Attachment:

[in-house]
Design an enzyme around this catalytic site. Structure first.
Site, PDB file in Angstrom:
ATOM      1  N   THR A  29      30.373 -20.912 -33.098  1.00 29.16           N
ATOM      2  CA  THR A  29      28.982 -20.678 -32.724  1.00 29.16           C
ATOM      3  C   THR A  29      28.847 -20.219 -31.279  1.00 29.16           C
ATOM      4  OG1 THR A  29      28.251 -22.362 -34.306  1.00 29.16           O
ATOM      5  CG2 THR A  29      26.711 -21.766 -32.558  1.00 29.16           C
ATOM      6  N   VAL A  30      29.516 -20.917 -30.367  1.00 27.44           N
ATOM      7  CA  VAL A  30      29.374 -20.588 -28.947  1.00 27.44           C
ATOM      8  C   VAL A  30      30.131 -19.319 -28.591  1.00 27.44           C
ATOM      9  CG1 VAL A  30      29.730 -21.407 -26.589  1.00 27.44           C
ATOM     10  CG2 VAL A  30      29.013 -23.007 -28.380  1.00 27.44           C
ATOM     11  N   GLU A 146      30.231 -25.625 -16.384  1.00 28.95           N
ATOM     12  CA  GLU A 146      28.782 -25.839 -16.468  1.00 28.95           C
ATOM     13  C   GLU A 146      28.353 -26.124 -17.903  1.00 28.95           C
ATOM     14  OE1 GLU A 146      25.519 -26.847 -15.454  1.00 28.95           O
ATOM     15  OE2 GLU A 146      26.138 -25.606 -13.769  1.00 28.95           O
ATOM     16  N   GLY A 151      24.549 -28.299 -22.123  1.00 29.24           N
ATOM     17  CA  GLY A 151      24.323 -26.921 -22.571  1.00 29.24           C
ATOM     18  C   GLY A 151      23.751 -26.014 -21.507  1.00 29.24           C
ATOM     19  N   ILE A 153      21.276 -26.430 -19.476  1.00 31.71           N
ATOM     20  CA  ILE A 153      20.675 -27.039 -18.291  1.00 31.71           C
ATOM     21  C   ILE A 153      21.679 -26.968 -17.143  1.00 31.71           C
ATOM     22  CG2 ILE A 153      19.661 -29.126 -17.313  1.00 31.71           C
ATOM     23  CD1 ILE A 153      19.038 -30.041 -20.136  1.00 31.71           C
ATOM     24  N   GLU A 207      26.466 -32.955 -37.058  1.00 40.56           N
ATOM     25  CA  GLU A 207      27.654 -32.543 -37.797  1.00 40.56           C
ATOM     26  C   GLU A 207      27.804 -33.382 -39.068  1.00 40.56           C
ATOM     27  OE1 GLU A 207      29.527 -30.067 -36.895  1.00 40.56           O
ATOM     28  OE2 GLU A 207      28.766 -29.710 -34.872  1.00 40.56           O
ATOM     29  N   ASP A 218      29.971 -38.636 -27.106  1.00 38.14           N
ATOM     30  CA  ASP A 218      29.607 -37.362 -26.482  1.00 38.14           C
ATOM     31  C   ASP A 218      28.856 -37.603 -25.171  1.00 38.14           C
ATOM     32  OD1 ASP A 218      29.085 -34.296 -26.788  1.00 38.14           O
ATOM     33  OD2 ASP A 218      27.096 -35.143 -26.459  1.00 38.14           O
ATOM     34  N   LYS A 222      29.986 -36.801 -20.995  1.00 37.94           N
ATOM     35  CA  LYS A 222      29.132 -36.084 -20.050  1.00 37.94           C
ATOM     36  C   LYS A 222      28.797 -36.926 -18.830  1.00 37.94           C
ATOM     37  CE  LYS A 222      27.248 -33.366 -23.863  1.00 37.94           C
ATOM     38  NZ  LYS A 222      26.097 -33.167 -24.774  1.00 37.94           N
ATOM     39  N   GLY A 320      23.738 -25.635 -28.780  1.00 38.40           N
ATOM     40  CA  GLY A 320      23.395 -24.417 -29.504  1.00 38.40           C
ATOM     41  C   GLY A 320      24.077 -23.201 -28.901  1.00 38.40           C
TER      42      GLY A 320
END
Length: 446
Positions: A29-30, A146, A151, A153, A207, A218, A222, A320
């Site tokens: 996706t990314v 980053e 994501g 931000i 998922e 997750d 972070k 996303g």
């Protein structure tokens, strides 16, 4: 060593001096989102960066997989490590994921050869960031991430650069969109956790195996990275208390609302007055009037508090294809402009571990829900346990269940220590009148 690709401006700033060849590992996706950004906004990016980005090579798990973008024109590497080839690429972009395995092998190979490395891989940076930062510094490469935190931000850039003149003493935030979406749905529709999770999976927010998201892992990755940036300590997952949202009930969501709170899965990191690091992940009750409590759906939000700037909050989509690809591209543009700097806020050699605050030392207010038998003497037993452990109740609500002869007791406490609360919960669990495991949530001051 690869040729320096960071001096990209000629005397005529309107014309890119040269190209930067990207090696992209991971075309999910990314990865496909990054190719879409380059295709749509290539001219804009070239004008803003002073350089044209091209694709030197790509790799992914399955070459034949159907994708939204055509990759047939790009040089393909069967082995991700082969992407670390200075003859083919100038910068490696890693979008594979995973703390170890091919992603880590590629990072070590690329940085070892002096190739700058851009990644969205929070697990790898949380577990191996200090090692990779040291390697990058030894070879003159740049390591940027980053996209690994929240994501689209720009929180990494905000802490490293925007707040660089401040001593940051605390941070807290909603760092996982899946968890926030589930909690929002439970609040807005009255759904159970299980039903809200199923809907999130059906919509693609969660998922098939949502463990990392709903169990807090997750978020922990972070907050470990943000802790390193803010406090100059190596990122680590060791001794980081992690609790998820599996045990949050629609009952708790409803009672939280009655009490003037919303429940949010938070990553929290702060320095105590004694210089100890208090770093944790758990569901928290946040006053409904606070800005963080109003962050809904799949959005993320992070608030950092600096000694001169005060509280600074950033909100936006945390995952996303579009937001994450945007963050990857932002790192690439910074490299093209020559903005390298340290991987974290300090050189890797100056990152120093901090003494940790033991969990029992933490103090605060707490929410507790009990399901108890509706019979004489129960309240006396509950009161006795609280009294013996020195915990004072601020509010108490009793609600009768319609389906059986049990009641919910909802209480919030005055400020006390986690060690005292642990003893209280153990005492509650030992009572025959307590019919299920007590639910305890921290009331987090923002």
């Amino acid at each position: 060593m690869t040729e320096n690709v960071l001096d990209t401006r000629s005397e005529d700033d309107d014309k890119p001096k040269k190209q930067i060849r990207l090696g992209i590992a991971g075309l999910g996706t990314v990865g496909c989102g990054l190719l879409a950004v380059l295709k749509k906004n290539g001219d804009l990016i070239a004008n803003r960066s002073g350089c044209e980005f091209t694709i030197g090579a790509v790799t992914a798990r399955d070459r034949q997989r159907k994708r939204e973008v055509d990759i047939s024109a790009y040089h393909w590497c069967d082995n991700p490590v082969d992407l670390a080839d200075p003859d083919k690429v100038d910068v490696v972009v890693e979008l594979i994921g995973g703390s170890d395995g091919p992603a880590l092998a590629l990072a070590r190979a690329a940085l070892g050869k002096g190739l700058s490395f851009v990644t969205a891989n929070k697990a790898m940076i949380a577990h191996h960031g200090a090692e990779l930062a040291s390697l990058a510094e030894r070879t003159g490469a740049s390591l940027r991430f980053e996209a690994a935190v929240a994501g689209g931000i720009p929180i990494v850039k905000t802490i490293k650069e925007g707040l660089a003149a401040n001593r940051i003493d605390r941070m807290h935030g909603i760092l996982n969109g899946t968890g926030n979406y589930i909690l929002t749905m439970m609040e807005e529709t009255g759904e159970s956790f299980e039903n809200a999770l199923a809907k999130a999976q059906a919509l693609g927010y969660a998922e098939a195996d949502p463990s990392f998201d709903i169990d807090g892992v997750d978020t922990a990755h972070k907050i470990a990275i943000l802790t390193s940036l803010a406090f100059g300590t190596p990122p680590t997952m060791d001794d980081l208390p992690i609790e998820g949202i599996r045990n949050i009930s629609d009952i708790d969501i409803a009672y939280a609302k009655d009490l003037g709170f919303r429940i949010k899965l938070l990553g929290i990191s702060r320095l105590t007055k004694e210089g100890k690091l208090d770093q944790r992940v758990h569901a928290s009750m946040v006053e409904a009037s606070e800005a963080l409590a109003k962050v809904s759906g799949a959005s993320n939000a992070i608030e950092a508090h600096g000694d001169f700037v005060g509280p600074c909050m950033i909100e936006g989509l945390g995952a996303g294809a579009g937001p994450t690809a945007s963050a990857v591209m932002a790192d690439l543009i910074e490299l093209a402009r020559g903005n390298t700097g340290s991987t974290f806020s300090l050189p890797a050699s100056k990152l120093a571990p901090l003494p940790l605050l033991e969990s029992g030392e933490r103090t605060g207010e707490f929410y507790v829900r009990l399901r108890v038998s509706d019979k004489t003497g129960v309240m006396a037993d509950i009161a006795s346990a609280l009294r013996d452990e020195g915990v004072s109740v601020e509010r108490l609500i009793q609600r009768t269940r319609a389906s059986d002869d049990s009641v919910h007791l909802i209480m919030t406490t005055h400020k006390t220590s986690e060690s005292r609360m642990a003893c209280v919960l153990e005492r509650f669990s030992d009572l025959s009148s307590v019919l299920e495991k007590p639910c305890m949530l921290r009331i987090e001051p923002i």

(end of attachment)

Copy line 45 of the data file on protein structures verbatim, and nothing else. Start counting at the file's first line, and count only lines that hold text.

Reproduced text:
TER      42      GLY A 320